Room: Exhibit Hall | Forum 5
Purpose: Automatic multi-organ CT segmentation is a challenging but important task with applications in both radiotherapy and medical image analysis. Deep learning-based approaches typically rely on many physician-contoured example images, which require enormous effort to acquire. This study developed a novel, semi-supervised method requiring far fewer labels and assessed its performance against a standard fully-supervised method.
Methods: Publicly available CT scans of lymphadenopathy patients (N=176) were cropped from vertex to mid-thigh and resampled to a 2mm grid. Liver, spleen, kidneys, lungs, and heart were manually contoured on 10 scans (5 validation, 5 test). Instead of training a network to perform segmentation directly, a 3D CNN was trained to predict the x-, y-, and z- voxel coordinates of image patches on the full dataset excepting test patients. This forces the network to learn location- and organ-specific features to correctly assign voxel coordinates. These learned features were extracted from the final fully-connected layer, and K-nearest-neighbor classifiers were trained on the 5 labelled validation scan features to predict organ membership. The method was then applied to the labeled test patient scans, and segmentation performance was assessed with Dice coefficients.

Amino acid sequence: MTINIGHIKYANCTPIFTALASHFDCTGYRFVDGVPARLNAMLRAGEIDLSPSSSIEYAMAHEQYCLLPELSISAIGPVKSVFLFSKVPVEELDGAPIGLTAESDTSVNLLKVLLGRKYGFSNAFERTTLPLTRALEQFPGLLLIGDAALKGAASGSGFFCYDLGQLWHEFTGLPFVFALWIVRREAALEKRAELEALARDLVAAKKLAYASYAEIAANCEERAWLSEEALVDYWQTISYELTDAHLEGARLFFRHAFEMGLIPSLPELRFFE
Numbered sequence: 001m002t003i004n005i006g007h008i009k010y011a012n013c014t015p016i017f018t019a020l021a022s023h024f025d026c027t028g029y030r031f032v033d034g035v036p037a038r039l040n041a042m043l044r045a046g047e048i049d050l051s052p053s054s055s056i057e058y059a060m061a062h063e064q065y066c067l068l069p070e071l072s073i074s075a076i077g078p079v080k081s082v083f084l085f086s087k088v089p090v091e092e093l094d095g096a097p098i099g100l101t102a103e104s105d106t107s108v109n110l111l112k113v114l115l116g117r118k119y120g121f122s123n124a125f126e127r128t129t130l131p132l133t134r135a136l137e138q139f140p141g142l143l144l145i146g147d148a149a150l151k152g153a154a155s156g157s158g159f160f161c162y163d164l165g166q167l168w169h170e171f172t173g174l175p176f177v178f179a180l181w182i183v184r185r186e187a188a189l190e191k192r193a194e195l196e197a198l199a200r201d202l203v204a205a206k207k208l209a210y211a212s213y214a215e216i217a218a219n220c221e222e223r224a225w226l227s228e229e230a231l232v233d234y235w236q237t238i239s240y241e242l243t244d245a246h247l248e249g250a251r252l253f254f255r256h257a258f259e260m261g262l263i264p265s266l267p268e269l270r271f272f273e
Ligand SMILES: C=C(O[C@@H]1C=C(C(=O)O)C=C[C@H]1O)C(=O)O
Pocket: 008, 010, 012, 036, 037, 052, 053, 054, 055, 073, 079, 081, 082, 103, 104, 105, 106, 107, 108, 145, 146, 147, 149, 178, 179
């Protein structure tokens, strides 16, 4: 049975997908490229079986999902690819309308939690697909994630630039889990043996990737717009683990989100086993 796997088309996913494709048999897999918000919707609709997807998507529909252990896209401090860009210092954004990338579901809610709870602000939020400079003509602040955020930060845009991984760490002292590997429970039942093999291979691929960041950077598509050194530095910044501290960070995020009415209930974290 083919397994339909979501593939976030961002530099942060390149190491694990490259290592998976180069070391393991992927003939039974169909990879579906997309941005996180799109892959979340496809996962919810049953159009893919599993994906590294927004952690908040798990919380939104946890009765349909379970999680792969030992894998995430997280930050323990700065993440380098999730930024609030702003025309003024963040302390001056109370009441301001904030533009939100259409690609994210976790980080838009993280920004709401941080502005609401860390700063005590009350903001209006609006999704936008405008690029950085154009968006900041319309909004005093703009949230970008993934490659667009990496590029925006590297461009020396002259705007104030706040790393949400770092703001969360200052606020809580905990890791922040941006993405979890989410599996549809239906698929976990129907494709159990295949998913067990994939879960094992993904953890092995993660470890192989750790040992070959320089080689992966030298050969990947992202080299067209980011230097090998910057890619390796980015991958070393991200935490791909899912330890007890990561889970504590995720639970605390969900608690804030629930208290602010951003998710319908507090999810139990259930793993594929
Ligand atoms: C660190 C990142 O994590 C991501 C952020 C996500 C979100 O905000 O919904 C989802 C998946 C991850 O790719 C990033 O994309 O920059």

Results: Dice coefficients between manual and predicted test patient organ contours for the semi-supervised method were (meanÂ±sd): liver:0.86Â±0.04, spleen:0.75Â±0.05, kidneys:0.59Â±0.11, heart:0.87Â±0.01, and lungs:0.86Â±0.01. A fully-supervised instance of the same CNN trained to perform segmentation directly on the same amount of labelled data (N=5) had significantly worse performance in liver (0.76Â±0.08), spleen (0.14Â±0.16), kidneys (0.00Â±0.00), and heart (0.61Â±0.21) (paired t-test, p<0.05). No significant performance difference was found in lungs (0.57Â±0.51).
Conclusion: By training with surrogate labels and classifying in feature space, we achieved impressive segmentation results superior to a fully-supervised method when using few labelled datasets. Overall, our approach leverages the power of CNN-based segmentation yet requires only a fraction of the labelled datasets.
Funding Support, Disclosures, and Conflict of Interest: This work is supported by the University of Wisconsin Carbone Cancer Center Support Grant P30 CA014520. Robert Jeraj is a co-founder of AIQ Solutions.